Israeli Prime Minister Benjamin Netanyahu made his intentions clear on how his military would respond to the 7 October attacks on the country carried out by Hamas.
“Like never before,” he pledged.
“I said that every place from which Hamas operates will turn into ruins. It is already happening today and will happen even more in the future”.
The human cost of this escalation has already been heavy for Palestinians as well as Israelis. There will also be an impact on Israel’s economy, which was already under pressure from the country’s political crisis before its war on Gaza took a further toll.
These are the main economic factors Israel now faces after the start of a war.
Currency and confidence
The Israeli economy was already in trouble before 7 October.
Its currency, the shekel, had weakened from 3.53 to the dollar, reaching 3.84 in the week preceding the attack. In the second half of October, the dollar price in shekels hit 4.06. The Central Bank of Israel announced a $30bn intervention to support its currency.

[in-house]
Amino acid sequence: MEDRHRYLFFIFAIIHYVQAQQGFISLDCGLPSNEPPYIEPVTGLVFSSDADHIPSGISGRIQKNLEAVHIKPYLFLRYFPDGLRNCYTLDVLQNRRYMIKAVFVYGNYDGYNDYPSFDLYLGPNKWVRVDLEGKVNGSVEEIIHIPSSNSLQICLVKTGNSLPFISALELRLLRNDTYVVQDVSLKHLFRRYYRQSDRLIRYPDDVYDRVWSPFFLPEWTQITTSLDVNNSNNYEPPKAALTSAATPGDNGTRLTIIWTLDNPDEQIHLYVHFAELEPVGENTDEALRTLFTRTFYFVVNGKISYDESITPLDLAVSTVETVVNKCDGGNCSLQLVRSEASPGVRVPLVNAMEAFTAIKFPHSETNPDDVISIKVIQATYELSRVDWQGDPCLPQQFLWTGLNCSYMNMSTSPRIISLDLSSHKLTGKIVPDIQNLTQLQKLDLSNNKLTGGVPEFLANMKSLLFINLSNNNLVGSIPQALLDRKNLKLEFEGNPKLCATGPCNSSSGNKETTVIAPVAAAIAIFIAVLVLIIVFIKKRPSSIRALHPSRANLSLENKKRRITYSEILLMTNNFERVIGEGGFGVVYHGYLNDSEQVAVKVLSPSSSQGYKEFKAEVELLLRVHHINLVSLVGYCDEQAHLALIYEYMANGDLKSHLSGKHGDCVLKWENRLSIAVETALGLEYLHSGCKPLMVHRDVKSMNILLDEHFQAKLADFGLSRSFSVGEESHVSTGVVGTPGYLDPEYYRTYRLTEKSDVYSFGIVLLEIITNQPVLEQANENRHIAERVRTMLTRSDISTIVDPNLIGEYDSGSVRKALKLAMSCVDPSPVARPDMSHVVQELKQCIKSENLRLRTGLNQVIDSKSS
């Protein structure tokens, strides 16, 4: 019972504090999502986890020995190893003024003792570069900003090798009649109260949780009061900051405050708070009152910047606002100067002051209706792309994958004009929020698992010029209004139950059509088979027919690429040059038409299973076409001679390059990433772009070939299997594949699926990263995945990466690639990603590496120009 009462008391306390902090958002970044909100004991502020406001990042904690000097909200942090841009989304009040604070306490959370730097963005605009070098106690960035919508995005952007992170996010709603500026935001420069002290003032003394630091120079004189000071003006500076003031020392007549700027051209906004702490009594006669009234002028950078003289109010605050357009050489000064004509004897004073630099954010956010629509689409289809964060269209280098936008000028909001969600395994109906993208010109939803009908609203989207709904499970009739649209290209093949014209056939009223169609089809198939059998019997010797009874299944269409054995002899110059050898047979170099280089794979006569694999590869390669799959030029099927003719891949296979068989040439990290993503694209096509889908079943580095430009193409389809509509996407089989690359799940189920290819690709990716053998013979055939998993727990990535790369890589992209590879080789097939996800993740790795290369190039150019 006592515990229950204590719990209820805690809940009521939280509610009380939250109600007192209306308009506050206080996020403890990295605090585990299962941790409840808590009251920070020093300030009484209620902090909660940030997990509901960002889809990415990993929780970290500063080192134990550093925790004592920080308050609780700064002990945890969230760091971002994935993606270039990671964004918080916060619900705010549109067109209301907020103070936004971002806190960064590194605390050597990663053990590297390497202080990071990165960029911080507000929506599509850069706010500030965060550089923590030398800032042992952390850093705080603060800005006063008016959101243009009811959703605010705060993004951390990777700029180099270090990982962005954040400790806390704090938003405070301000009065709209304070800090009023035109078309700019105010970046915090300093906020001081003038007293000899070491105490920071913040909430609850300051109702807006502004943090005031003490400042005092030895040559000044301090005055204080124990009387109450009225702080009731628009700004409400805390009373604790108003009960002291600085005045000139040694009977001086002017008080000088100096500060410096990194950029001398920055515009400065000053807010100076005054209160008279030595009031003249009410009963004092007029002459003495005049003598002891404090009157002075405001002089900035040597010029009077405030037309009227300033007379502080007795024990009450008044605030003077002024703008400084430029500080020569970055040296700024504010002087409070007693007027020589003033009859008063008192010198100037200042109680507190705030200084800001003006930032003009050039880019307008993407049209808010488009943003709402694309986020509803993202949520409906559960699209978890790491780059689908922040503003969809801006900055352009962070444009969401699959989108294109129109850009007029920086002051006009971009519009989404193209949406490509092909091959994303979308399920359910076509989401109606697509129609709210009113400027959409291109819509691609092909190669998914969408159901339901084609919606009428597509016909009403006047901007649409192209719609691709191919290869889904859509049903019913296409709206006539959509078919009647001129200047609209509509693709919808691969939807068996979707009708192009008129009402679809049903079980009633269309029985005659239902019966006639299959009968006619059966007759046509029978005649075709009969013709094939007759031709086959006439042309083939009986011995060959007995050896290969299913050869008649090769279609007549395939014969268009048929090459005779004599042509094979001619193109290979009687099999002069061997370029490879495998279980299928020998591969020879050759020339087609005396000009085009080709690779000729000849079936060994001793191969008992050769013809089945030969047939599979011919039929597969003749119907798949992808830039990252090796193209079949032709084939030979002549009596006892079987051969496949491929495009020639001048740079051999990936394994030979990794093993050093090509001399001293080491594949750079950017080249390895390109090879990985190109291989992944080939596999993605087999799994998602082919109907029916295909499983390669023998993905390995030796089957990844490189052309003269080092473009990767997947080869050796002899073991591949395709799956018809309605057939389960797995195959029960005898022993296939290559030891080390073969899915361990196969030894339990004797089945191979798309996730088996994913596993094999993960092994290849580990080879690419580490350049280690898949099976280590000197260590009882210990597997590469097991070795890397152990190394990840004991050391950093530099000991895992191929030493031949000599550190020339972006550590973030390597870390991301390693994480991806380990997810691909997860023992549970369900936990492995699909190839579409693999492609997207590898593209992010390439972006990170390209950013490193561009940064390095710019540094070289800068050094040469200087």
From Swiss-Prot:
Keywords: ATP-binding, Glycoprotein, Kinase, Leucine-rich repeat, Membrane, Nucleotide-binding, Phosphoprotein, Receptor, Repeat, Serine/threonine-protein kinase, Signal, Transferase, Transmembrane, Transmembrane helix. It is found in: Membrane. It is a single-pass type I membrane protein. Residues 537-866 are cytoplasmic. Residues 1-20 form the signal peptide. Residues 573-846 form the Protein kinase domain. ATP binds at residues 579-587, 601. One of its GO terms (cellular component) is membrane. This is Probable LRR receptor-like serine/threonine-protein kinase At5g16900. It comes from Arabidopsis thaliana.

Economic growth forecasts were already coming down.
For 2022, the value of all the goods and services produced by Israel’s economy – as measured by gross domestic product (GDP) – grew by an impressive 6.5%. By the summer, it was forecast to fall to 3%, and there was widespread public anger at the increased cost of living alongside bitter internal political divisions.
In September, the finance ministry reported that foreign investments were down 60% in the first quarter of the year from 2022. When an Israeli startup is sold to new owners, the average exit transaction dropped by around 80% in the same period.